Try to avoid setting a precedent: you don't want recognition to become just an impersonal cash transaction.

Gifts such as food or flowers are a relatively inexpensive yet powerful way of recognizing achievement. Make sure that you consider any dietary or allergy issues. There may also be cultural sensitivities around giving gifts that you should be aware of.

5. Get together socially. Celebrating by buying team members a meal or drink can be an effective way to reward them and to boost team spirit. However, beware excluding anyone who, for example, is away on vacation, has special dietary requirements, or has caregiving responsibilities.

If you hold your event during the working day, be mindful of colleagues' deadlines and be clear about whether you expect them to return to work afterward.

6. Organize a team day out. A trip to the movies, a meal at a restaurant, attending a sporting event, or even a day of outdoor activities are all common ways of celebrating. But there are potential risks to keep in mind, too.

Everyone will ly have a different idea of «fun,» so try to find an activity that will be popular across the board. You won't want anyone to be unhappy or refuse to take part. This is a particular risk with physical or outdoor activities that might be difficult for some people, for health, accessibility or confidence reasons.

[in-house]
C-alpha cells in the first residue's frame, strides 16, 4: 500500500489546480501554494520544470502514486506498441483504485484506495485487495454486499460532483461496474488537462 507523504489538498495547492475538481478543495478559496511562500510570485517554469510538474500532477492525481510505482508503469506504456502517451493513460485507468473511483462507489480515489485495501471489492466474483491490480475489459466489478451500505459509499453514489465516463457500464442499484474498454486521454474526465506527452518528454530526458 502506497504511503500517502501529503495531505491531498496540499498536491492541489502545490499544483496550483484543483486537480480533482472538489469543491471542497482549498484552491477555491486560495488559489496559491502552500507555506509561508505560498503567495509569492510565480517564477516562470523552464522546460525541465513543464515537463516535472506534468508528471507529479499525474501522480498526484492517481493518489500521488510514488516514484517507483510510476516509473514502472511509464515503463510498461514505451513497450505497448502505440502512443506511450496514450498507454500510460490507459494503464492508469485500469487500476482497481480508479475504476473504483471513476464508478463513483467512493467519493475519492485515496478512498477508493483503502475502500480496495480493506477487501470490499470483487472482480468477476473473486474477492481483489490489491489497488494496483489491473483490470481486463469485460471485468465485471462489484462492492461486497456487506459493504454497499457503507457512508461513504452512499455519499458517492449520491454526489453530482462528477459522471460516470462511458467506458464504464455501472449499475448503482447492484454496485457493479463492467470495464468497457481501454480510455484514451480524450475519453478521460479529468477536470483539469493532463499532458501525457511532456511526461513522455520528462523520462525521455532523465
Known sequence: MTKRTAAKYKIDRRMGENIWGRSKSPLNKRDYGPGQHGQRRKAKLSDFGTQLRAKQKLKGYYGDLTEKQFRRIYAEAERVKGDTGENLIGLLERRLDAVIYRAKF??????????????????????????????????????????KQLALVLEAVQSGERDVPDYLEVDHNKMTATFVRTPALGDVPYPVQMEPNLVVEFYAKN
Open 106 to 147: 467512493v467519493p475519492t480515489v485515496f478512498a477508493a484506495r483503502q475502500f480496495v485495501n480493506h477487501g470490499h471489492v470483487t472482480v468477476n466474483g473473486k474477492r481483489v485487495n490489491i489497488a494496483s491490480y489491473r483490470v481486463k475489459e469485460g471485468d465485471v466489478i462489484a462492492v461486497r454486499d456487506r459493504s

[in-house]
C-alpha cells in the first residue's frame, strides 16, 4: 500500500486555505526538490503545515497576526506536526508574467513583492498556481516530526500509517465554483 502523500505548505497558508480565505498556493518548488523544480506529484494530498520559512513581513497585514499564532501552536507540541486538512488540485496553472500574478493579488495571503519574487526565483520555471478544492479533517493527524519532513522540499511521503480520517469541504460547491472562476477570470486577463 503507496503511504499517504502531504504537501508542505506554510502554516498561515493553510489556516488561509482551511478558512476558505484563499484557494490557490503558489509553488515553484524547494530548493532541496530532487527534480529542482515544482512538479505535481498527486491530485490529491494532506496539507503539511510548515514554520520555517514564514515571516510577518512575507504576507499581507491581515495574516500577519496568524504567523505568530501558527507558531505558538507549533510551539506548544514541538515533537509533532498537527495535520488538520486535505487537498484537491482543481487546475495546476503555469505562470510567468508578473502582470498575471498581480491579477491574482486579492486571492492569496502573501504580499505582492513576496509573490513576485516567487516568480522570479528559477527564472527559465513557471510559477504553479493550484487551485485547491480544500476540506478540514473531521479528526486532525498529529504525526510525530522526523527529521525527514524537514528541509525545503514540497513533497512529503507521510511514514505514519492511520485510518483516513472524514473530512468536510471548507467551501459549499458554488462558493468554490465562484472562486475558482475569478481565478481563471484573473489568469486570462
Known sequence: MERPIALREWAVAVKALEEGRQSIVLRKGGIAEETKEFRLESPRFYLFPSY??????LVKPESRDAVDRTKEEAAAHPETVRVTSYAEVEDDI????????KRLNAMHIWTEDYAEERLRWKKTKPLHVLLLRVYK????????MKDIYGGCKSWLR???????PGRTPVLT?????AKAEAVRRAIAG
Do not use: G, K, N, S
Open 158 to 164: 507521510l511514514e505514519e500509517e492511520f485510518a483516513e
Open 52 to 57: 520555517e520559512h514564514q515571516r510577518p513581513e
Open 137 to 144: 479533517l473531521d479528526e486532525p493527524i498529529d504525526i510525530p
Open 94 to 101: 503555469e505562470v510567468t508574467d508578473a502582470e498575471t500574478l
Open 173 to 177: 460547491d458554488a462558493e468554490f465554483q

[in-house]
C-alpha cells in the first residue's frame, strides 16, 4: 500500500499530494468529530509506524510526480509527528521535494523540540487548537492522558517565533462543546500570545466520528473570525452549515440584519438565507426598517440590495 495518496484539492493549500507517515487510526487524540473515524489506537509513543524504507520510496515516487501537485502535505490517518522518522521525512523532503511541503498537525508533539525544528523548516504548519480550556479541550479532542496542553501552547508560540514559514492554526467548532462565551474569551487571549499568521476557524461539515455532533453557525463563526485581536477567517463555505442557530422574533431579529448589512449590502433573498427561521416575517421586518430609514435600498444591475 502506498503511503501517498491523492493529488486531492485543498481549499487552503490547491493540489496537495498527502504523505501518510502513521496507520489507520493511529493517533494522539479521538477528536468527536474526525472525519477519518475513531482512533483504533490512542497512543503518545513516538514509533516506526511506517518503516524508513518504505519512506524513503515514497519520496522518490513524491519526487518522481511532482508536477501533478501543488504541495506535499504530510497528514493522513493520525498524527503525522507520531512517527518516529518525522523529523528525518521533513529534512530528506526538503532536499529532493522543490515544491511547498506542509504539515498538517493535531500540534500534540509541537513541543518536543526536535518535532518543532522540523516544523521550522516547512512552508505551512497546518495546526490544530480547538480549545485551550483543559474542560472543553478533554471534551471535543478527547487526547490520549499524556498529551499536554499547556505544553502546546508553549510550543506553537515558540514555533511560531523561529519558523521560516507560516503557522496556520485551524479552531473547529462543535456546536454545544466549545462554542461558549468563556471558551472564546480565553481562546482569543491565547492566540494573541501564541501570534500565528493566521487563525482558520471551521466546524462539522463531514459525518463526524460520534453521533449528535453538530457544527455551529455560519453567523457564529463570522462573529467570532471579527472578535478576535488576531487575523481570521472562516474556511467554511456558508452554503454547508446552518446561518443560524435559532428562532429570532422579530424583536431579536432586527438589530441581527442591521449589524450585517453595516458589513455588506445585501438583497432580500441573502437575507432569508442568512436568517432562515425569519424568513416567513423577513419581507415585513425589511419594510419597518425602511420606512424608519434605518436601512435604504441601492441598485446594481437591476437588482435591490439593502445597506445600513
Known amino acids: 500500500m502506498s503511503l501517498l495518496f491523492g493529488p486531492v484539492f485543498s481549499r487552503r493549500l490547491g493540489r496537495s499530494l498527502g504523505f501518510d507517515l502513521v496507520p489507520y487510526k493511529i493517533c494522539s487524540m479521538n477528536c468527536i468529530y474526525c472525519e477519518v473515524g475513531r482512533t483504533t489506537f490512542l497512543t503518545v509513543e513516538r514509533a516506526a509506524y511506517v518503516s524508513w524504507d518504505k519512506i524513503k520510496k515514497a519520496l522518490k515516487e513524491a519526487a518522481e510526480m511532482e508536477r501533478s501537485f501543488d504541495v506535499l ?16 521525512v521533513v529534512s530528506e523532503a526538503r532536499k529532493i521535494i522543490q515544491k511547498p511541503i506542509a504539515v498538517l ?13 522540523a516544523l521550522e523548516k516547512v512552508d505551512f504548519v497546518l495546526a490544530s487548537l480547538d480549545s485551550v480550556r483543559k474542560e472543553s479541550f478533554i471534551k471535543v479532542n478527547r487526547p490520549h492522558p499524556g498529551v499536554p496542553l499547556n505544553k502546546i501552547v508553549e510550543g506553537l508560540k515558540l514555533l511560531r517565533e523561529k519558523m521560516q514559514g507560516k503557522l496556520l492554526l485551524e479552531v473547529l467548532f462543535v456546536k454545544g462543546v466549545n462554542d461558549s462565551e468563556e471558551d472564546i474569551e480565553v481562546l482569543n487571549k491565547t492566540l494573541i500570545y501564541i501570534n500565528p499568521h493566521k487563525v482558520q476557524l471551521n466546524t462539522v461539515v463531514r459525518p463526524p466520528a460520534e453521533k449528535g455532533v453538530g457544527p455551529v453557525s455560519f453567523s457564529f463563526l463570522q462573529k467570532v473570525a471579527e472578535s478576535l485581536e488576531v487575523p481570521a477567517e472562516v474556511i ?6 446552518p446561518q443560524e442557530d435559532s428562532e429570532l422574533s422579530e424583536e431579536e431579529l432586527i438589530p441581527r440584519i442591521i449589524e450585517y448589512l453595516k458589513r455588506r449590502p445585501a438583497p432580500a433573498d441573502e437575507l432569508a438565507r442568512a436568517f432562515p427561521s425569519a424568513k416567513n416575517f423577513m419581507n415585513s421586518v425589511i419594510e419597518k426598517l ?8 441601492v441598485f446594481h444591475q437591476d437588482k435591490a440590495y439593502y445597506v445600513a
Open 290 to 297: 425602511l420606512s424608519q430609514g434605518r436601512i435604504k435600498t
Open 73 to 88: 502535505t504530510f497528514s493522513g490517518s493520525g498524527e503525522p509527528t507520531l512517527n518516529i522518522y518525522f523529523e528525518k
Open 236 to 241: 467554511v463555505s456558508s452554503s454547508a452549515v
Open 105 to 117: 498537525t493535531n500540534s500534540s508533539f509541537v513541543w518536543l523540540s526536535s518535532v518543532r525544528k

Once you've agreed on a suitable event, further questions to answer might be:

  • What's included in the day at the company's expense?
  • Is there anyone who'd find it hard to afford the other parts of the day?
  • Can people bring family members?
  • If so, will those family members have to pay their own way?
  • Where does that leave colleagues who are single or without children?

7. Offer extra holiday. Time off can be a great reward, especially when your team has worked extra hours to complete a project. But would working late occasionally for no particular reason also count as an achievement? Be careful about creating false expectations for the future.

8. Set up a hall of fame. An «employee of the week» noticeboard or notification can be popular and effective, but it can lose impact over time.

You risk accusations of tokenism if you feel obliged to choose someone rather than no one, whether they deserve it or not. And if you keep recognizing a «star» team member, or constantly overlook another, you might start to alienate people.

9. Have an awards ceremony. A glitzy evening of music, trophies and speeches is an exciting way to combine socializing, team building and networking with formal recognition and celebration.

If you have the budget, you can hire a venue and a professional events team. However, if you want to limit the expense and increase participation, get your team involved in managing and running the event, including making the food and costumes. This will be fun and rewarding in itself!

This list is by no means exhaustive. Use your imagination and judgment to create your own celebrations – and see what happens to productivity and job satisfaction when your people feel celebrated and recognized for their work.

Celebrating achievement is an important part of building and maintaining an effective, self-assured team, boosting your own confidence, and making your organization a great place to work.

There are many ways to celebrate achievement. The key is to understand your team members and what motivates them. That way, you can celebrate appropriately, fairly, and with lasting impact.